In the last few years, fintech has been taking the financial industry by storm, and so it comes as no surprise that fintech has had a significant influence in reforming the banking and lending industry. Although the number of nonbank lenders has been exponentially growing, their total is still far from reaching the volume of transactions formerly completed by traditional banks.
Banks have been uneasy regarding the lending industry’s future when taking into consideration that alternative lenders are not subject to the same rigorous regulations as well as their usage of substitute data sources. This blog post explores the advantages and disadvantages of loans secured by large fintech lenders in comparison to similar loans that were constructed by traditional banking networks.
Throughout the last few years, we have been witnessing alternative lending companies grow from limited platforms aiming to connect individual borrowers with individual lenders to sophisticated systems that incorporate institutional investors, direct lending and securitization transactions.
According to the Federal Reserve study ‘Fintech Lending: Market Penetration, Risk Pricing, and Alternative Information’, “while the growth of nonbank lending may raise some regulatory concerns, the firms’ technology platforms and their ability to use nontraditional alternative information sources to collect soft information about creditworthiness may provide significant value to consumers and small business owners, especially for those with little or no credit history. In addition, as more millennials make up the pool of small business owners and the consumer population, they are more comfortable with technology and therefore, may be more comfortable dealing with an online lender than in dealing with a traditional bank.”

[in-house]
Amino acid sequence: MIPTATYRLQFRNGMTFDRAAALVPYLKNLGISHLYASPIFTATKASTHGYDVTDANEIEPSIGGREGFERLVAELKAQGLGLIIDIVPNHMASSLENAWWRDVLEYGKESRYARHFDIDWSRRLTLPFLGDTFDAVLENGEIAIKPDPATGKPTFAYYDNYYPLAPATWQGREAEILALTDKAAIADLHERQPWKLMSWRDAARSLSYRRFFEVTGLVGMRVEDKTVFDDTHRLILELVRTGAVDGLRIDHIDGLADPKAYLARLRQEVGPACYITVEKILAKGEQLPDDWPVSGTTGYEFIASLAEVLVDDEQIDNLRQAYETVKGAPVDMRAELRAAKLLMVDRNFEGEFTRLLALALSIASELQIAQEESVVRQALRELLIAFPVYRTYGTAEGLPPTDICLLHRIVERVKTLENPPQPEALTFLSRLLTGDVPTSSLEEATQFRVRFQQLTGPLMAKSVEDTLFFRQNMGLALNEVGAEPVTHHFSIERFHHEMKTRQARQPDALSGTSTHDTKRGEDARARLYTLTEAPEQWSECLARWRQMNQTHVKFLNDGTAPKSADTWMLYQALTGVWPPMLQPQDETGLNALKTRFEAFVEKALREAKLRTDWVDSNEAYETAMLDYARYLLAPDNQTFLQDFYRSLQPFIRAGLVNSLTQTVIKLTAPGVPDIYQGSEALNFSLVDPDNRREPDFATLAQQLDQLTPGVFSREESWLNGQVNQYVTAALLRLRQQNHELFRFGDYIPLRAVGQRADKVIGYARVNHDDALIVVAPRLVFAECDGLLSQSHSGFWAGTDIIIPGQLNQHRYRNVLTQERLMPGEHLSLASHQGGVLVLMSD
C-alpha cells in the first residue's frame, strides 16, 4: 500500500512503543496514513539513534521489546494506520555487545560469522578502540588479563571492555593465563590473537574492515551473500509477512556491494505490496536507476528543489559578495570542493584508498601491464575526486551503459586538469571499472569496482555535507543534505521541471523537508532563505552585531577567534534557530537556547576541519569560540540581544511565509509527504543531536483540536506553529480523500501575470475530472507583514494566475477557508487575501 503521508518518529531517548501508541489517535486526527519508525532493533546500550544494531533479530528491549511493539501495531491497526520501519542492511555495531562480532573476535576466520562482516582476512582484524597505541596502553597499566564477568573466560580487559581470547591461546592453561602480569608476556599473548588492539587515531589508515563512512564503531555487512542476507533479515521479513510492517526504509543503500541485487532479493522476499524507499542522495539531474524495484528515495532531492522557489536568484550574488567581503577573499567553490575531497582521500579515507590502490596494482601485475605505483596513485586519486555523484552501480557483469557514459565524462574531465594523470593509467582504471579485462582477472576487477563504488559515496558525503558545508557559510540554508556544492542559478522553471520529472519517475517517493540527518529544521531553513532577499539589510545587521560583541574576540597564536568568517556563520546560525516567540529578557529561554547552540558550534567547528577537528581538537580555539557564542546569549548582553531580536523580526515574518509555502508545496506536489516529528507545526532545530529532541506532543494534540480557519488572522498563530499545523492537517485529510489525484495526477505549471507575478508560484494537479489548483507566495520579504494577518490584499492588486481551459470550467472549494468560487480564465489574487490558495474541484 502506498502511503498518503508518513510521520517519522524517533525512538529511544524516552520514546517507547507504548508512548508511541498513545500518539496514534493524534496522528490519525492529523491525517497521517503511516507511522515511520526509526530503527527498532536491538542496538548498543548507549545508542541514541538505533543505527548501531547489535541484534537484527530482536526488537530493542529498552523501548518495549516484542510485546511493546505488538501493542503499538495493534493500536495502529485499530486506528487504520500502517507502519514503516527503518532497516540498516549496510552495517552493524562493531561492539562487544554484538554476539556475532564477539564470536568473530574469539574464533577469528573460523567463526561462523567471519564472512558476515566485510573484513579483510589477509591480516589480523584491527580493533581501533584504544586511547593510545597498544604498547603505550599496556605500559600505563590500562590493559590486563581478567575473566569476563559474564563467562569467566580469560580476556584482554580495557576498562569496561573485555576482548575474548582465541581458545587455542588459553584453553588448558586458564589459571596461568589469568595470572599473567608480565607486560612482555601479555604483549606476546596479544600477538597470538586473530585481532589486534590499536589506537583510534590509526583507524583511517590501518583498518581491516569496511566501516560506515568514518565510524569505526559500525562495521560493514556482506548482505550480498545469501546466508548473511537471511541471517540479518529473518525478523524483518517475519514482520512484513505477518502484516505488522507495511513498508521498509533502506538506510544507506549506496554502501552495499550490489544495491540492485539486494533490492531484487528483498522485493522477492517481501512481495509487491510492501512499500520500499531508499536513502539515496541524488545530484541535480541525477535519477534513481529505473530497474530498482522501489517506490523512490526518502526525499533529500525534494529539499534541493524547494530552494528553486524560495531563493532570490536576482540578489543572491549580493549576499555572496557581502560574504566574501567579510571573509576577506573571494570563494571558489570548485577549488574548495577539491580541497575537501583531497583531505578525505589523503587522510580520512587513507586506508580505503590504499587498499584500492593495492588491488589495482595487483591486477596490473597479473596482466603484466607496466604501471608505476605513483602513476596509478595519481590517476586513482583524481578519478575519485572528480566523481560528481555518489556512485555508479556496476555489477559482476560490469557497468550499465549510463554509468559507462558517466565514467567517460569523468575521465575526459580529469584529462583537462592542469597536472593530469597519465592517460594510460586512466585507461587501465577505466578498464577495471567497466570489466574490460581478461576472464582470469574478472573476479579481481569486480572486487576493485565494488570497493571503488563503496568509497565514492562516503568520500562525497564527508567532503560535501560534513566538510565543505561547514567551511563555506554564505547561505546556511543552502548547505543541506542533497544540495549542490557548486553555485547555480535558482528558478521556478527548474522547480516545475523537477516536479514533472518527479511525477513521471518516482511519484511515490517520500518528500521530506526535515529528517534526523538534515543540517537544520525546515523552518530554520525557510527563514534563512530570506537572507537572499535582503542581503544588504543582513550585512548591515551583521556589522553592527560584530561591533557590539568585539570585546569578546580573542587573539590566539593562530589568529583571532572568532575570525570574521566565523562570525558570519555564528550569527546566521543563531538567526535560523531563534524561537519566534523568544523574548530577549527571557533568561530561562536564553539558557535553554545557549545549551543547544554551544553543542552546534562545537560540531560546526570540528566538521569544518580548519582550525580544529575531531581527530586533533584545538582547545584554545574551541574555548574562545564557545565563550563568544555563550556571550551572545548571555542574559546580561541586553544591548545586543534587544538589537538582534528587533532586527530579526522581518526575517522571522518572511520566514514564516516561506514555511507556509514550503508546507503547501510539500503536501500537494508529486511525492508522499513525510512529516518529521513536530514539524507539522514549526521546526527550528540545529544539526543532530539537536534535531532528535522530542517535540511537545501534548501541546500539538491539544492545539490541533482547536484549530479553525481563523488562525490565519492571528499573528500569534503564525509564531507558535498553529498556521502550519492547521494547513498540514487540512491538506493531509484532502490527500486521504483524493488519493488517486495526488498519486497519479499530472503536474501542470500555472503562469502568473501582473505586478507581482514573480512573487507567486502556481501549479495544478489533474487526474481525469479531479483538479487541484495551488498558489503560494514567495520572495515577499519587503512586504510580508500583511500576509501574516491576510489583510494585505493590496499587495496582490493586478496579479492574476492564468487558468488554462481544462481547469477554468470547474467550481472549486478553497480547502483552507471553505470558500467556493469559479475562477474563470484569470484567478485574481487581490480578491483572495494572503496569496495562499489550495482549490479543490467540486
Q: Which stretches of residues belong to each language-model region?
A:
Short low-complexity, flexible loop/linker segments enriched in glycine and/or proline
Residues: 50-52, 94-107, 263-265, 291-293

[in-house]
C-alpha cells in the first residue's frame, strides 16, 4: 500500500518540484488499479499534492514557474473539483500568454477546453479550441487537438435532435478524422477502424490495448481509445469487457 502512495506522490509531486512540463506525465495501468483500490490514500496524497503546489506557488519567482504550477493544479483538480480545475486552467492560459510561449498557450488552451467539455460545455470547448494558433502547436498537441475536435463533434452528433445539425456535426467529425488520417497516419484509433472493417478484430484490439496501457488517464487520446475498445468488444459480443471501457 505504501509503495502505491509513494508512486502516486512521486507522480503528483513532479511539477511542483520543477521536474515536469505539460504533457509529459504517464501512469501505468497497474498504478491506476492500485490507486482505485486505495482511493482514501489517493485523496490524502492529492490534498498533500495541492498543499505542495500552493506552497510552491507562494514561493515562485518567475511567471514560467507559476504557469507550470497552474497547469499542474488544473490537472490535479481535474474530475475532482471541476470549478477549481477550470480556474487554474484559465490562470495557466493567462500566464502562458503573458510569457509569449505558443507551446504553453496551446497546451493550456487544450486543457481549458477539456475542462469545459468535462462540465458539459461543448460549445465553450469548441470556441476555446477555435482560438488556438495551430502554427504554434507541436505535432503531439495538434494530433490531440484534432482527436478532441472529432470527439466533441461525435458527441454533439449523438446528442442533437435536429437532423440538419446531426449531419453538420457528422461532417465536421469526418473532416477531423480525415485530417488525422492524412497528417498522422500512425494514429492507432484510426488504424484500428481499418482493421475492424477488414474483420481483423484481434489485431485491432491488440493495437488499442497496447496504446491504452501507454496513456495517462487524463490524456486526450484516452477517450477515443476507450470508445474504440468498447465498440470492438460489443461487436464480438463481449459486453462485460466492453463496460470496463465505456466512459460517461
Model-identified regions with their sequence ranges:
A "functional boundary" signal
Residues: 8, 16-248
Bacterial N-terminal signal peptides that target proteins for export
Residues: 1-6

Moreover, according to the study, “even when shadow banking entities are subject to consumer protection and transparency laws, the supervision of their compliance is the responsibility of the Consumer Financial Protection Bureau (CFPB) which is risk-focused based on consumer complaints, the seriousness of the issues, and the availability of staff.”
On the contrary, banks meet consumer protection as well as transparency regulations that ensure the following: customers are treated fairly, have equal access to credit, and receive offers that can be easily understood and compared. Furthermore, while the alternative data sources and the algorithms utilized by online alternative lenders have provided faster as well as lower cost credit assessments, these new variations could possibly result in disparate treatment and fair lending violations.
As fintech lenders have the ability to solve credit gaps where as banks have less of an ability to (and can only offer credit to ‘credit worthy borrowers’), banks can counter these emerging trends by partnering with fintech firms.